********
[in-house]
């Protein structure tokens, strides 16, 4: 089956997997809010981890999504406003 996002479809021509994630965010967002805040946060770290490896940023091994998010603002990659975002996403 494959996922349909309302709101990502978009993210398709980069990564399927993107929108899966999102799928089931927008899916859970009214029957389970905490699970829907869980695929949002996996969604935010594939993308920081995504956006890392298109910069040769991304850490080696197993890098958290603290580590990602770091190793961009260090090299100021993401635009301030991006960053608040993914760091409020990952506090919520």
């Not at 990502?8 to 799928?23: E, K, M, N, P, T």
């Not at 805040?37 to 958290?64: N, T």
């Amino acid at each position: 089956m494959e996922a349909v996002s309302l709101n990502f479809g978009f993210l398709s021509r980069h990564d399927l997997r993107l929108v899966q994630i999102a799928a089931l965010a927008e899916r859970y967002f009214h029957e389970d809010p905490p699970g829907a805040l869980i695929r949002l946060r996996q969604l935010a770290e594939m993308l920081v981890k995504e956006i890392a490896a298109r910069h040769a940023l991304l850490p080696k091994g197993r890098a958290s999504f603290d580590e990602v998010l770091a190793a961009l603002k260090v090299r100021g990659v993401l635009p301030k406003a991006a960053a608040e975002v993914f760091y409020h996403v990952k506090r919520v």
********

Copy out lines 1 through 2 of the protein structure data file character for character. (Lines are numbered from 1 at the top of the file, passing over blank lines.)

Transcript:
[in-house]
């Protein structure tokens, strides 16, 4: 089956997997809010981890999504406003 996002479809021509994630965010967002805040946060770290490896940023091994998010603002990659975002996403 494959996922349909309302709101990502978009993210398709980069990564399927993107929108899966999102799928089931927008899916859970009214029957389970905490699970829907869980695929949002996996969604935010594939993308920081995504956006890392298109910069040769991304850490080696197993890098958290603290580590990602770091190793961009260090090299100021993401635009301030991006960053608040993914760091409020990952506090919520």